There is also an old wives’ tale to know if a pregnant woman is carrying a boy. It is said that the preggo should choose between a rose and a lily. If she chose the lily, she will give birth to a boy. If she chose the rose, she will have a baby girl.

 

Growing Lilies

Expert tip: Plant lily bulbs in the spring or fall. Select firm bulbs that have short sprouts. Bulbs with long sprouts may not flower.

 

  • SOIL

Organic soil from mulch and natural dirt is best for growing lilies. This type of flower prefers a slightly acidic and moist soil. However, lilies do not like standing water so opt for well-drained soil.

 

If you have clay-heavy or sandy soil, plant the bulbs at around 4 inches deep.  If you have good soil, opt to plant the bulbs at around 6 to 8 inches deep. Space the bulbs at least 12 inches apart.

 

  • MULCH

You can improve these type of soils by encircling the lilies with organic matter such as chopped leaves and shredded bark. Applying mulch in summer and winter is also necessary. However, remove the mulch in late fall. If you intend to transfer a lily that has already bloomed in a pot, it is vital to plant the lily in the same depth of soil as in the container.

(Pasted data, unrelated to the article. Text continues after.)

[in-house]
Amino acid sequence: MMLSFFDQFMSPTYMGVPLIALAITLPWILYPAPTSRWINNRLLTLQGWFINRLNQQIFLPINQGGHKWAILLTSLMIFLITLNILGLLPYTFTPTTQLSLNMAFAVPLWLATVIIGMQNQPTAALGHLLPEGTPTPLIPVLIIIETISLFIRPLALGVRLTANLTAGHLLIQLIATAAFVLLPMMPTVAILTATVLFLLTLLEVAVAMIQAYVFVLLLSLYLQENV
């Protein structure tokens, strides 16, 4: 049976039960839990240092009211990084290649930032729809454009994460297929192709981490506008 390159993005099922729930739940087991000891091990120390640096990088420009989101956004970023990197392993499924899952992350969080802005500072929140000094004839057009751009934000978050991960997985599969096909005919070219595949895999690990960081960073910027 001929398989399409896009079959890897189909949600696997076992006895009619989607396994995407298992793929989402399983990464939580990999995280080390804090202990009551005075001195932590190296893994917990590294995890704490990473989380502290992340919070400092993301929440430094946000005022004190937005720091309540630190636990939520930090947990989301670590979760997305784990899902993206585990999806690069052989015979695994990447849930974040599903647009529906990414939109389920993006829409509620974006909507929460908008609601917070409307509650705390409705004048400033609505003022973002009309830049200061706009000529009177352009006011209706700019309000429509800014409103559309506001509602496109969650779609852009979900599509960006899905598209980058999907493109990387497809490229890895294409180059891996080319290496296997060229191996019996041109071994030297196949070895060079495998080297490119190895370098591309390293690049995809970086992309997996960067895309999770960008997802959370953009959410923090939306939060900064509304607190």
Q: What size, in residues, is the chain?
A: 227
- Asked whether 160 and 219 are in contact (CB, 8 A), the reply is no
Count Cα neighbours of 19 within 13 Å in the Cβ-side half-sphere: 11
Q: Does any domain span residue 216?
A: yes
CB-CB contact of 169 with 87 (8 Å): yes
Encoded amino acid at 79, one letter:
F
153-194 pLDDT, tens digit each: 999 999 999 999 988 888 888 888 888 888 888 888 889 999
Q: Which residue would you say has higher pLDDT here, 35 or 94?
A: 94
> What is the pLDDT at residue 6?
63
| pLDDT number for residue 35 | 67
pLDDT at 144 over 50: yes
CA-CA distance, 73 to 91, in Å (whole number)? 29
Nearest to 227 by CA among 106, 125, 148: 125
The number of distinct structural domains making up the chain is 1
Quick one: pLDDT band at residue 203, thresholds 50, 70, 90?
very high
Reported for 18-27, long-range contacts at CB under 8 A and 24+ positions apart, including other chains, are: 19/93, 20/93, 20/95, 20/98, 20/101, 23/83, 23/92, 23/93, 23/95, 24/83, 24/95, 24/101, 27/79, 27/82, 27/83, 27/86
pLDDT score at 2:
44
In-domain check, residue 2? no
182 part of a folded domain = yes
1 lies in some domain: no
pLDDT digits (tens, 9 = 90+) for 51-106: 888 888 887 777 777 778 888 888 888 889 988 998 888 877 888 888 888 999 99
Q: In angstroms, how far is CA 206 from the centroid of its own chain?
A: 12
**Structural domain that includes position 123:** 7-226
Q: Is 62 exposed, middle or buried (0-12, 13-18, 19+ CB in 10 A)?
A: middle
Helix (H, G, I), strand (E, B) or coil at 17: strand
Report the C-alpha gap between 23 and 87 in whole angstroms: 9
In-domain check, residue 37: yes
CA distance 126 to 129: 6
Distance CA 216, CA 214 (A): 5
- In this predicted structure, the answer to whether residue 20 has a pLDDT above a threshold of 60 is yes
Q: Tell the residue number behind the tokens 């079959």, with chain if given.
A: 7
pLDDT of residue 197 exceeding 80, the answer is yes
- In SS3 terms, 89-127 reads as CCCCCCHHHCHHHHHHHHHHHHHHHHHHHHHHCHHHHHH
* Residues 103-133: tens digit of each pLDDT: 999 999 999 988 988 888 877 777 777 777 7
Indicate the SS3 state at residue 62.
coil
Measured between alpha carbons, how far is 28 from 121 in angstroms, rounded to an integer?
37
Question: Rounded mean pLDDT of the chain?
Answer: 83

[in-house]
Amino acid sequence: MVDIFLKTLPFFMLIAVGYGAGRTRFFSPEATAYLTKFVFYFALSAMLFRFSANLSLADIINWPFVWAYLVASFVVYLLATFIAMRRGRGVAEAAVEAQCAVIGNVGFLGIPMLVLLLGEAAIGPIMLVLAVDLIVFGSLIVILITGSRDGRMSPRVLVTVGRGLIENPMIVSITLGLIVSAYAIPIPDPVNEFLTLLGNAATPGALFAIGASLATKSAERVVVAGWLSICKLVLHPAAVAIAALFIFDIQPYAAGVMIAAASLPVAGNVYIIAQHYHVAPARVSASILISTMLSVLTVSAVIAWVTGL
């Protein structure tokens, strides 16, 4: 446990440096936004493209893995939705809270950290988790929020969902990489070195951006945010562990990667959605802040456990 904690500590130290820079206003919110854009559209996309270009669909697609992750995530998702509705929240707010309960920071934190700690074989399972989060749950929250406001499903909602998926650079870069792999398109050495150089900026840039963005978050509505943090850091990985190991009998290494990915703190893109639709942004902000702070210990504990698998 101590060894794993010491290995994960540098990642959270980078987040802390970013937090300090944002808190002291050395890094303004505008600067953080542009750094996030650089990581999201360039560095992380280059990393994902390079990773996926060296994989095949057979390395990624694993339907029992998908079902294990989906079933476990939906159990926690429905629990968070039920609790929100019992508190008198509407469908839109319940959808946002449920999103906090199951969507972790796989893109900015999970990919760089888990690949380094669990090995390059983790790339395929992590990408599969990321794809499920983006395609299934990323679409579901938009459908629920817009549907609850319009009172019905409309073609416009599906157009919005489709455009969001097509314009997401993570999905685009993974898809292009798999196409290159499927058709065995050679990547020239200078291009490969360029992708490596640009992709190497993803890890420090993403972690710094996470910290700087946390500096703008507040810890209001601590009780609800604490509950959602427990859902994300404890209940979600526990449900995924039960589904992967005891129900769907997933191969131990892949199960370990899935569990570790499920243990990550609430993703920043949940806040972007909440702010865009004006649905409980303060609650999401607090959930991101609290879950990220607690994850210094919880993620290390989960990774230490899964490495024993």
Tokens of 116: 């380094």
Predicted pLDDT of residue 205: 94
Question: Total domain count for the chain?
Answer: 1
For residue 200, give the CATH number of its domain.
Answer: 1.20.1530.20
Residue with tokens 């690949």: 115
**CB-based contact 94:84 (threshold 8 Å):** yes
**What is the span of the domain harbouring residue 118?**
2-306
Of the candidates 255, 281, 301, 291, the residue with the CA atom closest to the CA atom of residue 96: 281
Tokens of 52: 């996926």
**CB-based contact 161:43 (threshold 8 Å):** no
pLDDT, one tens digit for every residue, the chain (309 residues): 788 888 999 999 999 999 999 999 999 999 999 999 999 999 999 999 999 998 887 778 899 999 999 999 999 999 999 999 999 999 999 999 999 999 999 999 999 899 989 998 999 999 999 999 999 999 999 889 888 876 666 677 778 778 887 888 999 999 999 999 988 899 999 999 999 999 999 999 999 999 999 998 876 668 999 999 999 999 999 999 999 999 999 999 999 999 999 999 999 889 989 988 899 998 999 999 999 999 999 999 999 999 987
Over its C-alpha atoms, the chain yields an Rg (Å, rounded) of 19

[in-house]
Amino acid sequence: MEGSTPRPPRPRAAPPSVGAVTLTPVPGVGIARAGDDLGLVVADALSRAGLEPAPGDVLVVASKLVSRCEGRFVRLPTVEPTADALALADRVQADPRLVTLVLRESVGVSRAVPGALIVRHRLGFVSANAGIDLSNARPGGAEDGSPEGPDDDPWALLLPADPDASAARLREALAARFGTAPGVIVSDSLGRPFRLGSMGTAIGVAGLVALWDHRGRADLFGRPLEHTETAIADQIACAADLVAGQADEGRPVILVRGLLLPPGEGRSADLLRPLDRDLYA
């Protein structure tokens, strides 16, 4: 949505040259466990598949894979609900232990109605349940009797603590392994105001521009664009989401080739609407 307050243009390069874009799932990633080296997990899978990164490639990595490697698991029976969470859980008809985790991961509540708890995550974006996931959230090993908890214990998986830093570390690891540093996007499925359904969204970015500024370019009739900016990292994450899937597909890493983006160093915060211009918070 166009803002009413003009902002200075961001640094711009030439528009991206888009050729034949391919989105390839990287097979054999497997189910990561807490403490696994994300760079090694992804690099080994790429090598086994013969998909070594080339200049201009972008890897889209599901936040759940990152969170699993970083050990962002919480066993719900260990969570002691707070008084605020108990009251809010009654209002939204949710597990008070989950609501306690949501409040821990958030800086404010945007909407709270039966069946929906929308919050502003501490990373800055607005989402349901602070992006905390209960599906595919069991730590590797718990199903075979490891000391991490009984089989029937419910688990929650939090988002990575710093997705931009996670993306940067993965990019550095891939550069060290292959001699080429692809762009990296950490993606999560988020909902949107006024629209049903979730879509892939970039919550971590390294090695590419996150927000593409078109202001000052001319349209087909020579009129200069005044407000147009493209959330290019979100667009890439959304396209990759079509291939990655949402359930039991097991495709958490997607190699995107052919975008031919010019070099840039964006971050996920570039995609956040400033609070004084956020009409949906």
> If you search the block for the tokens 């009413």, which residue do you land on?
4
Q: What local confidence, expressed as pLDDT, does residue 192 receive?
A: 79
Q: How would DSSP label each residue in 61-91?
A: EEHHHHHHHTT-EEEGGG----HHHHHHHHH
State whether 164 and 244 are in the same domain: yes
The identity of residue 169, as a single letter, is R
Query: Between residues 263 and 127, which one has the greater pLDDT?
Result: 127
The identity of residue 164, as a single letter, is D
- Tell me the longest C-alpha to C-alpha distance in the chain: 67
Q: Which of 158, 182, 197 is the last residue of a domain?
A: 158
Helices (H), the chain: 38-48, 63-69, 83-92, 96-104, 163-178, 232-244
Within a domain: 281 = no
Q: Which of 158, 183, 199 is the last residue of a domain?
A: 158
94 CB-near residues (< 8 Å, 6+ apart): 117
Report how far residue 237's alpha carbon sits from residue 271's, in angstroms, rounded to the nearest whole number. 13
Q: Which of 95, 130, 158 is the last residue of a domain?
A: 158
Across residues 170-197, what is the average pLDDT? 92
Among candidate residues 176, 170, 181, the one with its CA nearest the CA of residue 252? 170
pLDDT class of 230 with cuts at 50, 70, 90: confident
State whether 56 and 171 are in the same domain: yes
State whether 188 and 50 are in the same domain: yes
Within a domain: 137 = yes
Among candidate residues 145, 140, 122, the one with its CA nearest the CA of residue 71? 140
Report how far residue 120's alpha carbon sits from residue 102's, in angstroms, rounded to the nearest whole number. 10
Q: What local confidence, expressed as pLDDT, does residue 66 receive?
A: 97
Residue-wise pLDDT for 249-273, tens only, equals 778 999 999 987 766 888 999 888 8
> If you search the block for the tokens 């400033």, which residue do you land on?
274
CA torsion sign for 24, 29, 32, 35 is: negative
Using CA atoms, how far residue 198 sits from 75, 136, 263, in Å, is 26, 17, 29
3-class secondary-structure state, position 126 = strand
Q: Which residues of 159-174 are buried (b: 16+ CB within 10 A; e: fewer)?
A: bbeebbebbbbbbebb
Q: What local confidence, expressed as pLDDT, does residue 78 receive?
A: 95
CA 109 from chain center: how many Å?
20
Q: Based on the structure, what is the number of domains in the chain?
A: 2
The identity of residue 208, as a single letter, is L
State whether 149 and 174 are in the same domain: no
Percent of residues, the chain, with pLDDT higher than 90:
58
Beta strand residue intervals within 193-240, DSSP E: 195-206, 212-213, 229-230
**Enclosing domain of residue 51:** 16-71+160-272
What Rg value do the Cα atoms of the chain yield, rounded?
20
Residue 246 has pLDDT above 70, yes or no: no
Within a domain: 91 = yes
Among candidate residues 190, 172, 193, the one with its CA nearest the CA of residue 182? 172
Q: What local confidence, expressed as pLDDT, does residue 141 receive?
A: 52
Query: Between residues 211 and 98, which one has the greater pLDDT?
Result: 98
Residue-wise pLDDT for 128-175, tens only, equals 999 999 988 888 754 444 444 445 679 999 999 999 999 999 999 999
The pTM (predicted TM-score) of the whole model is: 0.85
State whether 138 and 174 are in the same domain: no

• SUN

Most lilies prefer full sun, part sun, or a light shade.

 

  • WATER

Lilies grown in the backyard will need to be watered at least once a week. Give your plants enough water to reach the lily bulb. Be careful to remove seed pods as well as foliage and stems that turn yellow.

 

  • FERTILIZER

Fertilize your lilies at least twice a year: in the early fall and the following spring. Gardeners often choose organic fish fertilizer or organic compost. Avoid fertilizers that contain excessive nitrogen.

 

TOXIC WARNING!

If you have a cat at home, be sure to keep them away from Lilium flowers. Lilies are highly toxic to cats. If our feline friends ingest the petals, leaves, pollen, or even water from a vase with lilies, they can suffer from vomiting, dehydration, and acute kidney failure which can be lethal. Some cats even have seizures.